Speed Reads


This flying robot is light enough to 'land on a leaf'

Drones are all the rage now, but can you imagine one the size of a bug?

Meet the RoboBee X-Wing, a new robot created by scientists at Harvard University. Standing under three inches tall, with a wingspan of less than two inches, this tiny machine flaps its little wings 170 times a second. It also runs on solar power, starting to fly whenever its solar cells are exposed to light. This makes it the lightest device ever to fly without being attached to an external power source, New Scientist reports.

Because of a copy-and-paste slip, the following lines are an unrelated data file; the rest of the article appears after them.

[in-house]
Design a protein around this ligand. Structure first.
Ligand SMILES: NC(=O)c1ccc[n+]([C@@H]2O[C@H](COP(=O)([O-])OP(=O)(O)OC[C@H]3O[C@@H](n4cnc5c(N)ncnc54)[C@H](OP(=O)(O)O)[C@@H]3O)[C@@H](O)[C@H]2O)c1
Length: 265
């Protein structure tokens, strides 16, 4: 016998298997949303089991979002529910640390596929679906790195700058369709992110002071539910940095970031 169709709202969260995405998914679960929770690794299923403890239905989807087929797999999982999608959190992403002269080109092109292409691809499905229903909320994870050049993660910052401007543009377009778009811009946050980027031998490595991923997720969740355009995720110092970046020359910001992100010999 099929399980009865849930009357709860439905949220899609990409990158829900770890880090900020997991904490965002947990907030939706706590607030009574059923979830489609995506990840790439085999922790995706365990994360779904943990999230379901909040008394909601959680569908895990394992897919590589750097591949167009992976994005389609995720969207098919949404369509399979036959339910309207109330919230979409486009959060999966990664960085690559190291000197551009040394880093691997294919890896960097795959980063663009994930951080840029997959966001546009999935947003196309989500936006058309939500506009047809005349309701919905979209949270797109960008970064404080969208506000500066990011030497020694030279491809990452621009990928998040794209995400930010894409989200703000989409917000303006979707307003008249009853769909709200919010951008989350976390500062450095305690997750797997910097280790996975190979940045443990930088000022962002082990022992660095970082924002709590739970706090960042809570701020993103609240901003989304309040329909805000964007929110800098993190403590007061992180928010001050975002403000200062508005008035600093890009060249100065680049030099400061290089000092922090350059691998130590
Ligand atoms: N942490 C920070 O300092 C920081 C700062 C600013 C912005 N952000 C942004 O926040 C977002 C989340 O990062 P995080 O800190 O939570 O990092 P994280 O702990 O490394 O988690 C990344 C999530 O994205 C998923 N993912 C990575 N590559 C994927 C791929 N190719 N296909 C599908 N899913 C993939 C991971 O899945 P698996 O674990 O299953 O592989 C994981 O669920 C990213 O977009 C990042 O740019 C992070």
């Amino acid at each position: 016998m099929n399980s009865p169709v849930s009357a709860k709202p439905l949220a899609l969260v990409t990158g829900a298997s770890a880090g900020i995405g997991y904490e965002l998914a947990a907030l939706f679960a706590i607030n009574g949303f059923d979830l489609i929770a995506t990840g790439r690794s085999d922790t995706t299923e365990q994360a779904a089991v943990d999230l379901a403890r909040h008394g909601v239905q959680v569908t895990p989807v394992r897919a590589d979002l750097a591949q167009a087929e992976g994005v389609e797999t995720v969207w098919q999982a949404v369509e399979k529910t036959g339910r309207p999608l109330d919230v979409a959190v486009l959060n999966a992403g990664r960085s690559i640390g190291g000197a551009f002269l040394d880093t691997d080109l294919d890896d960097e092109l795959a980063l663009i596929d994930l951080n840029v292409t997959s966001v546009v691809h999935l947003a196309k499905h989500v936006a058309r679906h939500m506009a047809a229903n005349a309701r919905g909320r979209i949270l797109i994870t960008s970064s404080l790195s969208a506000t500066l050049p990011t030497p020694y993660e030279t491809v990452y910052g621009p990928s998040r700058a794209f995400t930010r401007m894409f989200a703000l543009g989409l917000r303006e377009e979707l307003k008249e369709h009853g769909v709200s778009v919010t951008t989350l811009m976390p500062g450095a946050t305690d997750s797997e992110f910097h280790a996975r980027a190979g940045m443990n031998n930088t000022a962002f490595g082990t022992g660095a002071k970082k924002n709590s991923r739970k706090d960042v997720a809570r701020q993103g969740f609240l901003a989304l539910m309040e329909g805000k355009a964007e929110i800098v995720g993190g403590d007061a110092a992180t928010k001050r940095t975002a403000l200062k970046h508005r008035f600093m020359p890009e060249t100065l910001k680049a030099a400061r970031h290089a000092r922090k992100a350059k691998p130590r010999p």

Currently, it's not quite ready to be flying outdoors — it needs light three times as intense as sunlight, so it needs some improvements before it can embark on its first real expedition. But one day, the RoboBee might be used to monitor the environment, or get into spaces too small for people or other robots. At its size, it's even light enough to "land on a leaf," said Noah Jafferis, one of the RoboBee's creators.

You can read the study detailing the RoboBee X-Wing's capabilities at Nature, or watch it fly below. Shivani Ishwar